“Did we impose sanctions on an entire country? Only in specific cases did we express our dissatisfaction, and only in reaction when our country is openly insulted.”
Yet China is currently engaging in angry confrontations with a whole host of countries: Taiwan, Australia, Japan, Canada, India (with which China has recently fought a violent border skirmish), Britain, and of course the United States.
The language the Global Times uses may sometimes sound like the worst speech from Mao Zedong’s old days.
He himself recently wrote an editorial describing Australia as “gum under the Chinese shoe”. When I asked him about this, he said that the current Australian government has repeatedly attacked and disturbed China.
“I feel like they are like a piece of gum stuck to the bottom of my shoes. I can’t get rid of them. It’s not a nice feeling. I said it as an expression and it is my right to have an opinion.”
In Hong Kong
Mr. Hu is close to President Xi, and we can assume that he will not say these things unless he knows he has the support of the Chinese top leadership. When I asked him for his views on Hong Kong, he didn’t hold back.
“The Chinese government does not object to Hong Kong’s democracy and freedoms, including the right of Hong Kong residents to peacefully demonstrate in the streets.
“But the key is, they should be peaceful … We support the more assertive use of force by the Hong Kong police against violent protests.
“If violent demonstrators threaten police life, when they fire extremely sharp projectiles, and throw petrol bombs or petrol bombs at the police, I think the police should be allowed to use their weapons, and they should shoot.”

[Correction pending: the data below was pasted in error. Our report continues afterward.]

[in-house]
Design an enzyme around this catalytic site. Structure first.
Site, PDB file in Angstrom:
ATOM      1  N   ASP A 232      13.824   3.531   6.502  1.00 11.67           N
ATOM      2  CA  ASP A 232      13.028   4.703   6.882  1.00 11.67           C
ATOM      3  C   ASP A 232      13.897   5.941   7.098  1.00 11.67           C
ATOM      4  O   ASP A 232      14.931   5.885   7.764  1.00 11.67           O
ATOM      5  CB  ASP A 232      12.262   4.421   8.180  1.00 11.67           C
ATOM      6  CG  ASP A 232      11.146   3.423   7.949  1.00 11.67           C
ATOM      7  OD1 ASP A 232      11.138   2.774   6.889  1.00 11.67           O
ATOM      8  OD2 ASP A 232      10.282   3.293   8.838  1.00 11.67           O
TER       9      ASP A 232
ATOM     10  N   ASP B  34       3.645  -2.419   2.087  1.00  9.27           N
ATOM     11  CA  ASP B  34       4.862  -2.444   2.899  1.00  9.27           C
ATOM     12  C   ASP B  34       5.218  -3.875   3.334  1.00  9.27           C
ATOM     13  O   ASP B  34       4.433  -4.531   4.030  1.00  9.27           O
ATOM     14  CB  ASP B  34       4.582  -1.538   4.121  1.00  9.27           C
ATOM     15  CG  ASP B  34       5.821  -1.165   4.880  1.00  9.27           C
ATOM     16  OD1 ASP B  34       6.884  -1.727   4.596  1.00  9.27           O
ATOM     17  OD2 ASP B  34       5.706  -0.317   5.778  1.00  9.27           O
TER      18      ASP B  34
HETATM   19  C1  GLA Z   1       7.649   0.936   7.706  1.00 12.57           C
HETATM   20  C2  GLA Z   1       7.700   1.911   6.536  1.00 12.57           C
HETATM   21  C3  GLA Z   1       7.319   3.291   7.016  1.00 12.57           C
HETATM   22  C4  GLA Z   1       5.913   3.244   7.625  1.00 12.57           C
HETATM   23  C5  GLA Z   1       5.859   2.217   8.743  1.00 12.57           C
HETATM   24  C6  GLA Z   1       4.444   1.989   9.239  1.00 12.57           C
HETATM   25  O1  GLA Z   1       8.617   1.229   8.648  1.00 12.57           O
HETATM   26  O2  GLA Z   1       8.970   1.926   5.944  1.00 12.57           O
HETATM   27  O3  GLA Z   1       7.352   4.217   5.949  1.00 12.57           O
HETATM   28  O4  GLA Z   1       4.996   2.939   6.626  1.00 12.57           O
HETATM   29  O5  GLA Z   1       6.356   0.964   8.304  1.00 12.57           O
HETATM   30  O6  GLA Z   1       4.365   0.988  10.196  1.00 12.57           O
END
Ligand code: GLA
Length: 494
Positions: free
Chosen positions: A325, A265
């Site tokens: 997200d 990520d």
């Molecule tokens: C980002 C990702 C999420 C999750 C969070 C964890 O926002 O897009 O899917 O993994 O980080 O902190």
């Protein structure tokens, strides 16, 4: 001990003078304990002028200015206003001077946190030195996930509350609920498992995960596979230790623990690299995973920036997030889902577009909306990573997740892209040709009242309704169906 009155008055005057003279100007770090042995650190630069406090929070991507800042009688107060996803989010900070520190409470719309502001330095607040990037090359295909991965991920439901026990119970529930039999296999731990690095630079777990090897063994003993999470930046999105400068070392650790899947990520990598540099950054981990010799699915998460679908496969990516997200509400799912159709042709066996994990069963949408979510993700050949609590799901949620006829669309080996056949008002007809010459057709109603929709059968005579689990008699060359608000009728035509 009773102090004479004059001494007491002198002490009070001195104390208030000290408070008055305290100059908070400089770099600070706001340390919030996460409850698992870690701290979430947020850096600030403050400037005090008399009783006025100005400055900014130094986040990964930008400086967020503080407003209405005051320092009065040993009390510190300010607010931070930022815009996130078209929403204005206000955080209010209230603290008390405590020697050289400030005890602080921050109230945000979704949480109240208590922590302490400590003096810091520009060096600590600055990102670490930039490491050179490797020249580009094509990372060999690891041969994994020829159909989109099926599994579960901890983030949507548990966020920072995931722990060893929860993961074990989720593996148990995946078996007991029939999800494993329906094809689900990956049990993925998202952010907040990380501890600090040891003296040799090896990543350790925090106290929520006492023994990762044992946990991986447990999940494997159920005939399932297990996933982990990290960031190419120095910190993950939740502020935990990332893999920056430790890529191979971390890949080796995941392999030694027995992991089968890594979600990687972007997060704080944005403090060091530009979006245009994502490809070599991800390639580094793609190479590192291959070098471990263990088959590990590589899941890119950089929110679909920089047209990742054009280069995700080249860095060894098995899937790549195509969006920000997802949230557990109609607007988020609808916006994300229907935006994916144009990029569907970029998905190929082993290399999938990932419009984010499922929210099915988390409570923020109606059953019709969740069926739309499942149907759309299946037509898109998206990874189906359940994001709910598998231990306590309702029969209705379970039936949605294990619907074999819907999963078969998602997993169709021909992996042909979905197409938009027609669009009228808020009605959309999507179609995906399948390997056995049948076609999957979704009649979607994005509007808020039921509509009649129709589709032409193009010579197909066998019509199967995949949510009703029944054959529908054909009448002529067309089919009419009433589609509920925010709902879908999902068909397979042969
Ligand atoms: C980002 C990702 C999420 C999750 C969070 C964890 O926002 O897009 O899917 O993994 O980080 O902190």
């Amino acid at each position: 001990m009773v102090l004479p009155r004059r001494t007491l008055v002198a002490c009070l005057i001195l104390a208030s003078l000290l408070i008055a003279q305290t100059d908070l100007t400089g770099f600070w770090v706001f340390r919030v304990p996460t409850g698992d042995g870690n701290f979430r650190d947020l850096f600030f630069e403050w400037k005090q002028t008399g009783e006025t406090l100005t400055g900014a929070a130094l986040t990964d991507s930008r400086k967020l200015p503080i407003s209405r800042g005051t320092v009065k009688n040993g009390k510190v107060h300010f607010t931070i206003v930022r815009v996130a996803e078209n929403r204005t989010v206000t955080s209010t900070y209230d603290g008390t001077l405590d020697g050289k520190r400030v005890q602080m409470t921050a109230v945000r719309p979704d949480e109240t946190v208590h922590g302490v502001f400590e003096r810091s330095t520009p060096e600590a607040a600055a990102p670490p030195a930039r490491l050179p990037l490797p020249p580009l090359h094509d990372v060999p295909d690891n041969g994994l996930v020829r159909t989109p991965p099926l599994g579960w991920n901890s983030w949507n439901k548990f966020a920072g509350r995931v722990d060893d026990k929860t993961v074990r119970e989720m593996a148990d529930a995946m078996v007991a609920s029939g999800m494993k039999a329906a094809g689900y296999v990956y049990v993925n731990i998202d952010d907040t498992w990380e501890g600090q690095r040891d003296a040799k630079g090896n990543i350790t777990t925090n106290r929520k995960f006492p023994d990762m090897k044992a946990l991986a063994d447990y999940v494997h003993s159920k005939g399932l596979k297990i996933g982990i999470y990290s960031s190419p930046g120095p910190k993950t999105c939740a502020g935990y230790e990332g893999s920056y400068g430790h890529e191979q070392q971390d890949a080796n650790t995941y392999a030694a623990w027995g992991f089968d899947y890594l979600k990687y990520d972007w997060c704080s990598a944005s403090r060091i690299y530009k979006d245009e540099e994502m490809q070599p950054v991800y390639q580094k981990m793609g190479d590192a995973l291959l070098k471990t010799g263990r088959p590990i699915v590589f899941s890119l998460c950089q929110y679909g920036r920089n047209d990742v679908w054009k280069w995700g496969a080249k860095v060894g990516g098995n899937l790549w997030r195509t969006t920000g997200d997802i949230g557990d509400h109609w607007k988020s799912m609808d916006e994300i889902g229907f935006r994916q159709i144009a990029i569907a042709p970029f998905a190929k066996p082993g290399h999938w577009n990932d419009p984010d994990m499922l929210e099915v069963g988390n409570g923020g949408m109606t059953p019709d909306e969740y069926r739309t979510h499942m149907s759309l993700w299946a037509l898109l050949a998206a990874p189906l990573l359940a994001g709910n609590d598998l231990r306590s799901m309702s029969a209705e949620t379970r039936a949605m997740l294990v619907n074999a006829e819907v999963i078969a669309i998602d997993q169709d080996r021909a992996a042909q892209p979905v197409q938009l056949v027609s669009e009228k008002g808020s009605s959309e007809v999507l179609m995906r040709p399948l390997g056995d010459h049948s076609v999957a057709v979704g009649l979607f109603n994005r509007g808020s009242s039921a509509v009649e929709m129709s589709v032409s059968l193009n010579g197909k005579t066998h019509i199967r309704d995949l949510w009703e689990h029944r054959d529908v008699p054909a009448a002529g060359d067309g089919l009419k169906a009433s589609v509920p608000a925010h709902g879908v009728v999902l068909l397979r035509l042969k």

Powerful things, and if the police in Hong Kong really start killing protesters, it will lead to a major international reaction.
Most foreign observers believe that China’s aggressive behavior does in fact mask an underlying tension.
The Communist Party was not elected, so there is no way to know how real support it is in China. It cannot be certain to survive a serious crisis – a major economic meltdown, for example.
President Xi and his comrades are haunted by the memory of how the old Soviet empire simply disappeared between 1989 and 1991, because it lacked any support from ordinary citizens.
Mr. Hu does not accept that a new cold war has begun. He says that China’s dispute is mainly with the United States. He notes that President Donald Trump’s attacks on China are closely linked to the presidential elections on November 3, and his efforts to win them.
In fact, after the election, the atmosphere is likely to improve – whoever wins.
China is too big to remain involved in everyone’s life, and the United States and its allies cannot afford to remain in a perpetual state of outright hostility toward it.
But this simply reinforces Mr. A’s warning: It is now too late for the West to protect itself from China’s influence.